“Providing space for the learner’s voice means accepting that learner’s beliefs, knowledge, experiences, concerns and desires are valid content in the language learning classroom.”
~Luke Meddings & Scott Thornbury, Teaching Unplugged, Delta Teacher Development Series, 2009
This week’s Dogme Blog Challenge (week 5) is about voices. What does it mean to have a voice? How can we provide space for the learner’s voice in the language classroom? Is the student’s voice different in L1 and L2? Is my voice (as a non-NEST) the same in English and in Portuguese? It is the perfect follow up to last week’s materials light challenge , to which there were some very interesting and thought provoking posts in response. While tweeting/talking about some of the posts and the reflections that emerged from them with Dave Dodgson (@DaveDodgson) we had the idea of doing a joint response for the next post. When Karenne (Sylvester) put up this challenge and we saw it was all about voices we just knew what we wanted to do… a conversation. Especially because there were some great posts from challenge 4 shaped as conversations (Willy Cardoso’s “A Boring Pub Conversation“, followed by David Deubel’s whispered ” A Boring Library Conversation” – where I learned the KISS (Keep it Student Simple) – Neither of them boring at all, I can assure you!).
We considered many ways of doing it, but settled on using Wetoku and have a real conversation – or as real as possible when one of us is in Turkey and the other in Brazil. We thought it would be the perfect way to show our voices – metaphorically and literally speaking. And this is what came from it:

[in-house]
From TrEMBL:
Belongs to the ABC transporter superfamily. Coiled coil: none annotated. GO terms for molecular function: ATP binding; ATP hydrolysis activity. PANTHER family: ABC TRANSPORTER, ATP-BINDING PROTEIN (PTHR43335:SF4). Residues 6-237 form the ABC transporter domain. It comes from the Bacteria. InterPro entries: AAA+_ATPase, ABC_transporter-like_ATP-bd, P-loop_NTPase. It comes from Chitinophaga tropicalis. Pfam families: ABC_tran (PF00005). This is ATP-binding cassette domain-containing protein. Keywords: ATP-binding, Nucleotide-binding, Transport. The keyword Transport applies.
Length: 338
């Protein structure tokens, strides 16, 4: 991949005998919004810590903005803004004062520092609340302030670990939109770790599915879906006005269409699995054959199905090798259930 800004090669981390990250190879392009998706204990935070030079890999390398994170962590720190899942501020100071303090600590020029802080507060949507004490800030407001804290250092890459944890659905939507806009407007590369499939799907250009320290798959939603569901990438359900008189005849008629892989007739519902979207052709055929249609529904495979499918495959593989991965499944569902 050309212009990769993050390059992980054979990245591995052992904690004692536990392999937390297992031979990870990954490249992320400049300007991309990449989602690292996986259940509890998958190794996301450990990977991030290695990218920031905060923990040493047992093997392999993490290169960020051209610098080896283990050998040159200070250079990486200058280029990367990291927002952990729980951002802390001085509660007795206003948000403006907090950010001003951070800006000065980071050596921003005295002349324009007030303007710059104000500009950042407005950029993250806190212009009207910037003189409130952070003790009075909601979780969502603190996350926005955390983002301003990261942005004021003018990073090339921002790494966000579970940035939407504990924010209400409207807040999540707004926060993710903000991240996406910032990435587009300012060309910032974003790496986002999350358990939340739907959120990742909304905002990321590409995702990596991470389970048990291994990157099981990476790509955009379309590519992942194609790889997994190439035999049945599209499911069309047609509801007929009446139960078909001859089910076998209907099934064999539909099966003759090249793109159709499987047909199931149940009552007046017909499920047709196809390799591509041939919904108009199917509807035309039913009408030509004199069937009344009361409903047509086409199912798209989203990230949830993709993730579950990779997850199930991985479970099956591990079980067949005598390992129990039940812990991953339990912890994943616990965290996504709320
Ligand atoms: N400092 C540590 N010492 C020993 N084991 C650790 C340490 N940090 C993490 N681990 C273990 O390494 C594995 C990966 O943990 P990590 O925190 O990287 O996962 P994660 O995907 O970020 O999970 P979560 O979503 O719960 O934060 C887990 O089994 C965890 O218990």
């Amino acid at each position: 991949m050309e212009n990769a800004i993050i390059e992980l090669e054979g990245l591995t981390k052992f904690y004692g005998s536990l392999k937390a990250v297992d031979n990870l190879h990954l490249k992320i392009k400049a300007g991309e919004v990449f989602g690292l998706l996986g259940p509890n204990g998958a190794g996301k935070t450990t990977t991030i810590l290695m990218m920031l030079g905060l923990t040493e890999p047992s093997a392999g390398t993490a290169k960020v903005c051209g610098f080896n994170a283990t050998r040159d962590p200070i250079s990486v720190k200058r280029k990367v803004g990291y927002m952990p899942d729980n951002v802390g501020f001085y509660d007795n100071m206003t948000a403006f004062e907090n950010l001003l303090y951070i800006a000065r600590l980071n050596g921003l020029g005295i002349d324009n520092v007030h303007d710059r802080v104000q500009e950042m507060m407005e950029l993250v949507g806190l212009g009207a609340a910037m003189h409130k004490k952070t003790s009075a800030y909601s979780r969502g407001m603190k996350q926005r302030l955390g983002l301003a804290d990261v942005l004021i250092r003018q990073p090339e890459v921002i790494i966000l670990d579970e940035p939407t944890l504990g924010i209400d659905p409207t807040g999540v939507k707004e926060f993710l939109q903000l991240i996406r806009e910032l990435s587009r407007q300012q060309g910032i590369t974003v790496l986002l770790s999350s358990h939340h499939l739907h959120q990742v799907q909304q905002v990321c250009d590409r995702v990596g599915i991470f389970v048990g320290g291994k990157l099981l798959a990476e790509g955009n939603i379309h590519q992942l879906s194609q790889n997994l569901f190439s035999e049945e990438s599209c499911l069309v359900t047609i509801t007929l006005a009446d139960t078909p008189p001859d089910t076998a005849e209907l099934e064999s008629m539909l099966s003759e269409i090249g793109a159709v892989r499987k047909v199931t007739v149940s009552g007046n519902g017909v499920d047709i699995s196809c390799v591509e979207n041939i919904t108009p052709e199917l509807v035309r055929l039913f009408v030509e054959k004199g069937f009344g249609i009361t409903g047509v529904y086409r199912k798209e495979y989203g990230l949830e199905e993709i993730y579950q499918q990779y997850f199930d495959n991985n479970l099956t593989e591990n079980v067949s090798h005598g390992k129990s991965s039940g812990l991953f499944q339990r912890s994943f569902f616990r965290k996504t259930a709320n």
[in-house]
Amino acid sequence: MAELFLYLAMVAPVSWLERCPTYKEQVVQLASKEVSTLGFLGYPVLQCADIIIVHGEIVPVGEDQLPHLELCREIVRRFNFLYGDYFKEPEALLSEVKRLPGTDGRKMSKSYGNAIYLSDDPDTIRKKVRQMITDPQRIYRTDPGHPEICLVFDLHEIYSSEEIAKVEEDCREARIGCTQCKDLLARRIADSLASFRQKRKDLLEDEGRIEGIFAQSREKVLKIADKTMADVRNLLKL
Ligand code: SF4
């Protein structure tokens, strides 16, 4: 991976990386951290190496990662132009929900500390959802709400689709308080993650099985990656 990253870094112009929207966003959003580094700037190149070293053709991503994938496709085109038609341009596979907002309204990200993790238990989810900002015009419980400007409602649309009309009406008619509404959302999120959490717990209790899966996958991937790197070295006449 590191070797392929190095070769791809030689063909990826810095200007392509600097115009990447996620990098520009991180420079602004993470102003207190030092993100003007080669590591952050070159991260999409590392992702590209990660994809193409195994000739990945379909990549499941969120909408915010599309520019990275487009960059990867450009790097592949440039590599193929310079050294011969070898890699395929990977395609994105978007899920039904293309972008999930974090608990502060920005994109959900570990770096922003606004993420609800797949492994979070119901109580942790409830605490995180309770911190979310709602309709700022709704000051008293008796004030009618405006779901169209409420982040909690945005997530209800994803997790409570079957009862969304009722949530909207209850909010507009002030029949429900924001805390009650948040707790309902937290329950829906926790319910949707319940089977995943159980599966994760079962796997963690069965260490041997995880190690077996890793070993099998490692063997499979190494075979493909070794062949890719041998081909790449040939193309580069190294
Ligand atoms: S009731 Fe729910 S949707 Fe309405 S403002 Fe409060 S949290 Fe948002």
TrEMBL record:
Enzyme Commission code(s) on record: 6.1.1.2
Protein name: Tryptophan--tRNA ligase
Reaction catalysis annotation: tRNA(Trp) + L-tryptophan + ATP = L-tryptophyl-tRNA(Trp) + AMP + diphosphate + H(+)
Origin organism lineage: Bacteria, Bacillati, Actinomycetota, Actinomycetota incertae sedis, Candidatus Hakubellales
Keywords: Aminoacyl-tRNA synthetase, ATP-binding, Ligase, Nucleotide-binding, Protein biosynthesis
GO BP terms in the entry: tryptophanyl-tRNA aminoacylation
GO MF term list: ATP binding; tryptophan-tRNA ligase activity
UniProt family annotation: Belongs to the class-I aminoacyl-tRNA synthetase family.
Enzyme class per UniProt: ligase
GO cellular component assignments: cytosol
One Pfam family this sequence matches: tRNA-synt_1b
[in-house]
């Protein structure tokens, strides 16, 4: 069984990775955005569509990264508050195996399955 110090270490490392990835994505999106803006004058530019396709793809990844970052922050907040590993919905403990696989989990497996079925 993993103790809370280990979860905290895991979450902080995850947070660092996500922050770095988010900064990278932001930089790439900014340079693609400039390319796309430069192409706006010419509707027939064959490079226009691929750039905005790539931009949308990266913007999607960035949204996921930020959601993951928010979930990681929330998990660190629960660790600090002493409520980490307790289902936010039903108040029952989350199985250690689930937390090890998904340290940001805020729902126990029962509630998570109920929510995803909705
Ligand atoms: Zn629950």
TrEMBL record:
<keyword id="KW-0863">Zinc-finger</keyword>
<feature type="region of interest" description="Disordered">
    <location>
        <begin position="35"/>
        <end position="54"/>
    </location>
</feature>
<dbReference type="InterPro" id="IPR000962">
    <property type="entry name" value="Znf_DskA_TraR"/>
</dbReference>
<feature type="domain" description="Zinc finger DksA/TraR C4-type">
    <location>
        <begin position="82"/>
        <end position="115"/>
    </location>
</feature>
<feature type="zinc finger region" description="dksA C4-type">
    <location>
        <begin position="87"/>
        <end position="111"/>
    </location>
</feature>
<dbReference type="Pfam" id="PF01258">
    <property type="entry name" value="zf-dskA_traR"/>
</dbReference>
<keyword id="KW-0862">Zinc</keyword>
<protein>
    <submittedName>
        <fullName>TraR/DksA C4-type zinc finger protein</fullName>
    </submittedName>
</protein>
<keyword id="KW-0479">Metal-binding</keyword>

(Note: Extra credit to Dave who, as every great teacher, did his research and even found out about two pubs in Recife (where I live) – Downtown and Uisqueria da Praça – to suggest as places we could’ve had a pub conversation!)
I hope our conversation was able to convey our thoughts on the issues raised by the challenge clearly. I had a lot of fun doing it, discussing an interesting issue, reflecting on the proposed questions… Despite our very different circumstances (Dave is a NEST working in Turkey, at a regular school, with 10-year-old students while I am a non-NEST teaching English in Brazil, at a language school and my students’ages range from 12 to 40) it’s fascinating to find out how similar our views (and many times our teaching practices) are. It serves to show me how teachers are teachers, it doesn’t matter where they are from or where they are. And the same can be said about the students!
Thanks for a great idea and an even better conversation Dave. :-) It was great hearing your voice! ;-) And you can check Dave’s post in our joint venture here in his Reflections of a Teacher and Learner. I recommend it!
Here are the other posts in response to Dogme Blog Challenge #5: